Though salary-only compensation may be the easiest to manage for everyone involved, we wouldn’t recommend using it for small and growing businesses. The lack of motivation for hard work means that the company is unlikely to see any additional sales beyond reps’ designated quotas, meaning that the company won’t see any growth.
2. Commission-Only Compensation
On the other extreme, commission-only compensation pays employees solely based on their performance: if they make more sales they get paid more, and if they make no sales they don’t get paid at all. Employees paid by commission rate make anywhere from 5% to 45% of the revenue they bring in, depending on the product and how much elbow grease reps put in per sale.
Pros: The company sees no risk, as it incurs expenses only for closed sales that bring in revenue. Employees will also work harder to be paid more.
Cons: Employees may feel constantly stressed to constantly make sales, leading to burnout. Companies may also find themselves paying unpredictably large sales expenses if reps sell more than expected. If the market experiences seasonal swings, sales reps may not get paid at all.
This compensation plan is the extreme opposite of the salary-only plan. We wouldn’t recommend this compensation plan either for small and growing businesses, as it can make expense accounting and inventory management unpredictable month-to-month. Plus, there’s a higher-than-usual chance of your sales reps burning out, leading to additional expenses to hire and train new employees.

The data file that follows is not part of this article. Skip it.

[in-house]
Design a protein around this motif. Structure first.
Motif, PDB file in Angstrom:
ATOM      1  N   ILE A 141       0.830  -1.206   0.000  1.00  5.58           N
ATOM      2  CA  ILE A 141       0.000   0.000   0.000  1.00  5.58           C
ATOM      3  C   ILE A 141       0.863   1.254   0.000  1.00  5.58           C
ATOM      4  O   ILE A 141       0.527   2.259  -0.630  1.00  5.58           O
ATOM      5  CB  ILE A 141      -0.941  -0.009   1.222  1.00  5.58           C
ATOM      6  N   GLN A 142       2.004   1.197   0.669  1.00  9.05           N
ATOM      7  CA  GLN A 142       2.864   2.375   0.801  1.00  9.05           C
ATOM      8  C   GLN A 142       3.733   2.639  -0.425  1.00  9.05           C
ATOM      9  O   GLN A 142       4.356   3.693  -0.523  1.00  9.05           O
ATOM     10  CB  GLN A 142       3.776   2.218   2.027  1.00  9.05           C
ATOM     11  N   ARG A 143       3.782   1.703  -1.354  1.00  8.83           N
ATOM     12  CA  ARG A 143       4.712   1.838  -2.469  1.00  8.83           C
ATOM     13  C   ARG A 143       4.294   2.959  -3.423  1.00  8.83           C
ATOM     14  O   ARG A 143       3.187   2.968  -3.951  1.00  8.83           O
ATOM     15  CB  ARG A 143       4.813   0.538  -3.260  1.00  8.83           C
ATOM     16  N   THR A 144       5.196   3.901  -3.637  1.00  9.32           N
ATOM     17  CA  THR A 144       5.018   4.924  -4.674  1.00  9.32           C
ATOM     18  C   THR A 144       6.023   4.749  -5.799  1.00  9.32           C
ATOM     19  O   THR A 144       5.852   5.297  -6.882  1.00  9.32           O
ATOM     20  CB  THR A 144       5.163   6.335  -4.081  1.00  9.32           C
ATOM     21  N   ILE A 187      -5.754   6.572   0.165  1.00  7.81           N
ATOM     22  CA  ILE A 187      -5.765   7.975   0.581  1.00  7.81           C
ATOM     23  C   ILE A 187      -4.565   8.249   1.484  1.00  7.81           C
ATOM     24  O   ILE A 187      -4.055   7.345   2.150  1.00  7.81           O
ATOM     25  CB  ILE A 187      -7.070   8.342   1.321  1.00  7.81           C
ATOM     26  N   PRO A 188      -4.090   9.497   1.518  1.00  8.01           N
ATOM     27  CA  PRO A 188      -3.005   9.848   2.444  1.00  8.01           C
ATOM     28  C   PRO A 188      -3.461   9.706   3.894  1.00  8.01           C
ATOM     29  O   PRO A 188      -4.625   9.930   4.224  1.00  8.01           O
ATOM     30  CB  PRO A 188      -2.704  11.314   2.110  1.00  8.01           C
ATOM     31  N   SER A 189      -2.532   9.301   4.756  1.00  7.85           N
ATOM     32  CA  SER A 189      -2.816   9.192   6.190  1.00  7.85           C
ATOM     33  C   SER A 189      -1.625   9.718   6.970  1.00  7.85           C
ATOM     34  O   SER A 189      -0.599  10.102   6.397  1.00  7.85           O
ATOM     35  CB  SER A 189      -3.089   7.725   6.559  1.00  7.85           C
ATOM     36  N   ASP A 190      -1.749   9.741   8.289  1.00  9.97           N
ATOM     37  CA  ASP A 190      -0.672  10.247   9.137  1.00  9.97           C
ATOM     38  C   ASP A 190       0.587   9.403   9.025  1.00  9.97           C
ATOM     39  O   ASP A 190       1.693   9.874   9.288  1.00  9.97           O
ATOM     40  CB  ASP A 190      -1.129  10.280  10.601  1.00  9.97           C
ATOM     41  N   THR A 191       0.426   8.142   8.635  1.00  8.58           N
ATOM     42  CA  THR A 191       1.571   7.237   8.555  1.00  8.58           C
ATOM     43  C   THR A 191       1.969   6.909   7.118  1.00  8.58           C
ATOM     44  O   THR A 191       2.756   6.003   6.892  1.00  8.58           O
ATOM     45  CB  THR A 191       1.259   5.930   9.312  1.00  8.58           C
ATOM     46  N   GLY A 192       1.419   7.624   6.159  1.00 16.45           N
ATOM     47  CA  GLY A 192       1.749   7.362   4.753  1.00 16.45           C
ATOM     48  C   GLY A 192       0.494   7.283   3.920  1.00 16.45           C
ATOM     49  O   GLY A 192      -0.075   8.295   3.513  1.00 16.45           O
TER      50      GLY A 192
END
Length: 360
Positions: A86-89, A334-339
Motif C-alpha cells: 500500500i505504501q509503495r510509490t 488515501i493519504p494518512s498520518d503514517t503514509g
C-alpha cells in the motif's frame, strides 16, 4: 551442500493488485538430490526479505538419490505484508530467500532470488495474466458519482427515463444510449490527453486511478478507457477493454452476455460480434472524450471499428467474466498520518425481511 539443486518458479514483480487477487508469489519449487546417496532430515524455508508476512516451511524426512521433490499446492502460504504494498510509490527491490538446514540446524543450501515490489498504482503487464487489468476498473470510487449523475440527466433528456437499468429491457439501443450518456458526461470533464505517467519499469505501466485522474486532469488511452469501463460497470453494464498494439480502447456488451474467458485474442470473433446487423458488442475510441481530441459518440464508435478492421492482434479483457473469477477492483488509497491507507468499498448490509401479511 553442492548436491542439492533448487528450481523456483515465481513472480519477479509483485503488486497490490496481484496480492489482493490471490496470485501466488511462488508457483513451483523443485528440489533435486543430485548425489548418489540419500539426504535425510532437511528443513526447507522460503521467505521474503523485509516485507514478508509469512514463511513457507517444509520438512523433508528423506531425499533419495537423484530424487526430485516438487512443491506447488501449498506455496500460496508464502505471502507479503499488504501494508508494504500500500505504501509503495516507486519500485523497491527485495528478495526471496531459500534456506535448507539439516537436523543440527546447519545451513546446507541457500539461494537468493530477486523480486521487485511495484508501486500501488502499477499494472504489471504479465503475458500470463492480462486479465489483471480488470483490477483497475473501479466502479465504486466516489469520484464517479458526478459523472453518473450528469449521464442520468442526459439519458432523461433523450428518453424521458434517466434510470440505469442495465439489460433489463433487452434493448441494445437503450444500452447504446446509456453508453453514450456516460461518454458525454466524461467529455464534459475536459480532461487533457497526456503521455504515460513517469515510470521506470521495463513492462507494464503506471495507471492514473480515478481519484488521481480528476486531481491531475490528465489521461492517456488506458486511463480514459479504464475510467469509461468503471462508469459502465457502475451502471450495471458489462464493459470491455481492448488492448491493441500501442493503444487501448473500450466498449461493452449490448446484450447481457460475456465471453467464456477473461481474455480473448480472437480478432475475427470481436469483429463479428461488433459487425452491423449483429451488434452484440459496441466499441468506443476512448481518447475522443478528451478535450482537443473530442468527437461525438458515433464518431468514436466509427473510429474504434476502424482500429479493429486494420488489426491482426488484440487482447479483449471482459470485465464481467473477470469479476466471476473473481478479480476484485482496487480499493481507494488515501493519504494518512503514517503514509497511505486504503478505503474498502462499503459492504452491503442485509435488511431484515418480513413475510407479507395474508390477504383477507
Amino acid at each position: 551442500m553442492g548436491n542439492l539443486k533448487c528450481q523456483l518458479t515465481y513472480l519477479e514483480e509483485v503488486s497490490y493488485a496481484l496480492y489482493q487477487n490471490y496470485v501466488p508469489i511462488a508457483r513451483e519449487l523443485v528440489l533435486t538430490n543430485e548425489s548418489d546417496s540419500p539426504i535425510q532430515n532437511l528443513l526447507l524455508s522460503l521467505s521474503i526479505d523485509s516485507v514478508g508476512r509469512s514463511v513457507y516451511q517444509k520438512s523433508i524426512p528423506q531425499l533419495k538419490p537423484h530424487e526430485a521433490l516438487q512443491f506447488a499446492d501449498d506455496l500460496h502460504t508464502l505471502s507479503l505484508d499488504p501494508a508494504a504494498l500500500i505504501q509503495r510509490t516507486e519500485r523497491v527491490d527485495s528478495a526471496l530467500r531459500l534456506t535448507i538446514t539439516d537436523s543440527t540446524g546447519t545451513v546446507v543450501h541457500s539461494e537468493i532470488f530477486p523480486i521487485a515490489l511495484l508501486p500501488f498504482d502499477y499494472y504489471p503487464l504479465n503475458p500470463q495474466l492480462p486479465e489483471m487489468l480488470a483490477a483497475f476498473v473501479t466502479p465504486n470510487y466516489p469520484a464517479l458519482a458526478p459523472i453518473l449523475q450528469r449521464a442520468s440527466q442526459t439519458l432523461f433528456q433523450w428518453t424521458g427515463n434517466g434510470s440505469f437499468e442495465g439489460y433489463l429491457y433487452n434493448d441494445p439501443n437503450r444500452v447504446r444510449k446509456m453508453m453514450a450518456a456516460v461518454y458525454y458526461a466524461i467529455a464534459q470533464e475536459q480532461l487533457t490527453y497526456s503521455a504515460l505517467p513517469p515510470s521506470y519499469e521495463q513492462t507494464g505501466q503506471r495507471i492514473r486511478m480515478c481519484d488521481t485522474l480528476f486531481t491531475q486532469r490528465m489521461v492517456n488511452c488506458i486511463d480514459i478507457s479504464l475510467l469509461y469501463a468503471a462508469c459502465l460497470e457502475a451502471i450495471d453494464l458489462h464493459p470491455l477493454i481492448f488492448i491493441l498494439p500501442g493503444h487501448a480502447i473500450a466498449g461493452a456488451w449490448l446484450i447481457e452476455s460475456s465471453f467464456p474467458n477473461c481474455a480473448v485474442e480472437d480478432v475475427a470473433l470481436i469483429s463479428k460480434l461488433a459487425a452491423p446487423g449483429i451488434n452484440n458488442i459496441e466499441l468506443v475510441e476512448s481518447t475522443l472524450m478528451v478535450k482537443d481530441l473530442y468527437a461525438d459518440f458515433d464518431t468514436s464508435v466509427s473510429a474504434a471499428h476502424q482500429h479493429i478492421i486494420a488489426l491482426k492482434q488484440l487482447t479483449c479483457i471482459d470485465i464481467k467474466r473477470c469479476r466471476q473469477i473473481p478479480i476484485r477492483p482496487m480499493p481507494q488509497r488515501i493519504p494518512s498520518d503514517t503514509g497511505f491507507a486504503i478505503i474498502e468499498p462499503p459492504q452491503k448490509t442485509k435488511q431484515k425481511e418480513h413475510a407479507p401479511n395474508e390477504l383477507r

3. Absolute Commission
Unlike the previous commission-only compensation plan calculated by a percentage of the sale, absolute commission rewards reps with a lump sum simply for hitting designated goals that might not be a strict sale: for example, the number of leads they bring in, making a certain number of calls, or acquiring new customers.
For example, if your company tried to implement a cold-calling campaign, you could pay a rep $100 per 10 outbound sales calls they make regardless of whether the call blossomed into a sale or not. This would encourage reps to make more phone calls.
Pros: Easy for reps to understand, clear motivation for reps to work harder. It could help reps develop skills in areas where they’re underperforming.
Cons: Reps may tend toward only performing the task that earns them the bonus payment rather than the ultimate goal of making a sale.
An absolute commission structure motivates reps to work harder and boosts sales performance, but a sales manager must be careful to align the commission target with the company’s overall strategic goal.
4. Base Salary Plus Commission
A happy marriage of the salary-only and commission-only structures, the base salary plus commission plan pays reps a fixed base salary plus a variable bonus commission payment.
Pros: Employees feel security with the base income while also being incentivized to work harder. Forecasting expenses becomes easier with more consistent salaries. Salaried employees are also obligated to perform non-sales tasks such as training new employees, thereby boosting the department’s overall performance.
Cons: This plan risks the same cons of the salary-only and commission-only plans, albeit to a lesser degree: employees might not be incentivized to sell more, or employees might feel stressed to sell as much as humanly possible.
Approximately half of all sales organizations use a base salary plus commission model, so we’d recommend using this if you’re not sure what else to do. The standard ratio of salary-to-commission is 60-40, but this could skew depending on how difficult your sales are, how much autonomy reps have in a sale, how many leads the rep manages, and other factors.